Rio Hondo Prep’s explosive offense averages 40 points per game, and last Saturday the Kares scored 68 against Saddleback Valley Christian in a CIF-Southern Section Northern Division second-round playoff game.
Charles Quintero rushed for 244 yards on 15 carries and scored on runs of 8, 76, 7 and 67 yards. He proved too elusive and gained extra yardage on second and third efforts. But fullback Nick Preciado was just as dangerous in rushing for 153 yards and a 20-yard touchdown run to give the Kares a 47-6 lead in the third quarter.
But who made that really happen? Who executed the blocking schemes and opened holes? That was the seemingly under-appreciated offensive linemen, but they know when their skilled players get noticed that means they’ve done their job and they’re happy with that.
The senior-heavy line hopes to keep the lanes open when top-seeded and defending champion Rio Hondo Prep (12-0) hosts Salesian (6-6) on Saturday night at 7 in the Northern Division semifinals.
Seniors Daniel Morales, Jason Sterris, Wesley Mosher, Ed Drain and sophomore Dave Drain are the ones who get it started. They’re the catalyst to the firepower of Quintero and Preciado.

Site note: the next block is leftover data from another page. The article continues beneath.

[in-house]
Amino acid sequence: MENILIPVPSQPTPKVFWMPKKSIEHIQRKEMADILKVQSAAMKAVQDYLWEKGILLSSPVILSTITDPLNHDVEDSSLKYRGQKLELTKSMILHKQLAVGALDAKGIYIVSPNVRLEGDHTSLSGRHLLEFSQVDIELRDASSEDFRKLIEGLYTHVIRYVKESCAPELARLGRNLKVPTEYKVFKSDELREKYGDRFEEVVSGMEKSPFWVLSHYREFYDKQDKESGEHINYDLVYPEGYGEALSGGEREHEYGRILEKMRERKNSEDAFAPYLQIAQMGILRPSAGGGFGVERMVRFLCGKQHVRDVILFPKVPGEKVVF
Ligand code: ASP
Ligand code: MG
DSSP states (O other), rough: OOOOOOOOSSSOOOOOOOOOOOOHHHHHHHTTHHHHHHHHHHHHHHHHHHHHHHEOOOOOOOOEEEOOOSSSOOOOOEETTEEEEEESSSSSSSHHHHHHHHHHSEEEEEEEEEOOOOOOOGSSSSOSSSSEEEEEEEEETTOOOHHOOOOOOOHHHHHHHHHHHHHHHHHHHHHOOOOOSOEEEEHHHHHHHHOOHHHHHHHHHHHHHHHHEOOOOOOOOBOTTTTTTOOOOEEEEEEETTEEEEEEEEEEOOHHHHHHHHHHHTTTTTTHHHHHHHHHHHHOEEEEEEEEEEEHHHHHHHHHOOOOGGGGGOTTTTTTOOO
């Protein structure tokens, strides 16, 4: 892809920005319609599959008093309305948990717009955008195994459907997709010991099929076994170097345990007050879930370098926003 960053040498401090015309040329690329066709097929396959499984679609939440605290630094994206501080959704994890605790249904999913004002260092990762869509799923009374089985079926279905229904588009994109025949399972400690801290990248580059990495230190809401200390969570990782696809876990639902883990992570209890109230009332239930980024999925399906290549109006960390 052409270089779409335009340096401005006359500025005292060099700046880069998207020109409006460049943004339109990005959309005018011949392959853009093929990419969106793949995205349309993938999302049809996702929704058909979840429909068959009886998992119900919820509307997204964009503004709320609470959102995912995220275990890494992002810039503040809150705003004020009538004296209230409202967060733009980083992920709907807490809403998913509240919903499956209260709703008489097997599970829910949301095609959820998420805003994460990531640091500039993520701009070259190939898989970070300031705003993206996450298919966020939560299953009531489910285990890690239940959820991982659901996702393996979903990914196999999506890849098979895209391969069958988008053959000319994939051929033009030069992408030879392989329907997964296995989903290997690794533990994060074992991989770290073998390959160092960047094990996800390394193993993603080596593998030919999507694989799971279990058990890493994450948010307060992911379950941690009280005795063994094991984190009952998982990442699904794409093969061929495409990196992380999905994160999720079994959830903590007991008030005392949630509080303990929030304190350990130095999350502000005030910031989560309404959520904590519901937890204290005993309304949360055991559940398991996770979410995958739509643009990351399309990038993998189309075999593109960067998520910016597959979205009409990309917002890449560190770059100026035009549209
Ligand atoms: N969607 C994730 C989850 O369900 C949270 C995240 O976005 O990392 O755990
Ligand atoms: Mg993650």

And they’re not your typical small-school offensive line. Ed Drain is a towering 6-foot-2, 170-pound lineman/linebacker and his younger brother Dave Drain is an even more intimidating presence at 6-foot-3, 215 pounds. Ed and Dave Drain – sons of Rio Hondo Prep coach Ken Drain – are the last of the Drain lineage to play for the Kares.
“Daniel is our center and he has not made a bad snap all year,” Ken Drain said. “That’s been real positive for us. In fact, for two years now he hasn’t made a bad snap.
“Jason is the main guy on our offensive line. He tells everybody what to do. He’s kind of the leader there, and Wes, Ed and Dave play consistent and execute their blocks, which our running backs really appreciate.”
Ken Drain and his sons Ed and Dave do their fair share of talking football even when they’re not at Rio Hondo Prep.
“They always have a question and we talk about games and upcoming games,” Drain said.
As for watching game film at home, Ken Drain leaves much of that to his oldest son, Devon Drain, who is a senior at Cal Poly Pomona and last played with the Kares in 2004.
“They watch more film with my older son than with me,” Drain said with a laugh. “He played here and he keeps score for us on the field and does stats.”
Drain always keeps it in the family. He attended and played football at Rio Hondo Prep and came up the coaching ranks with the Kares. His wife also attended there and currently works there, too.
Drain said everybody’s going to try to play this week. Parker will play despite a bad ankle and Cowell will play despite lingering pain from a separated right shoulder two weeks ago.
Jason Wiley, a 6-foot-4 senior wide receiver, has been out four weeks with a sprained ankle but will try to practice this week. He is a game-time decision for Saturday.
Said Drain: “If we can get him back that will help our passing game.”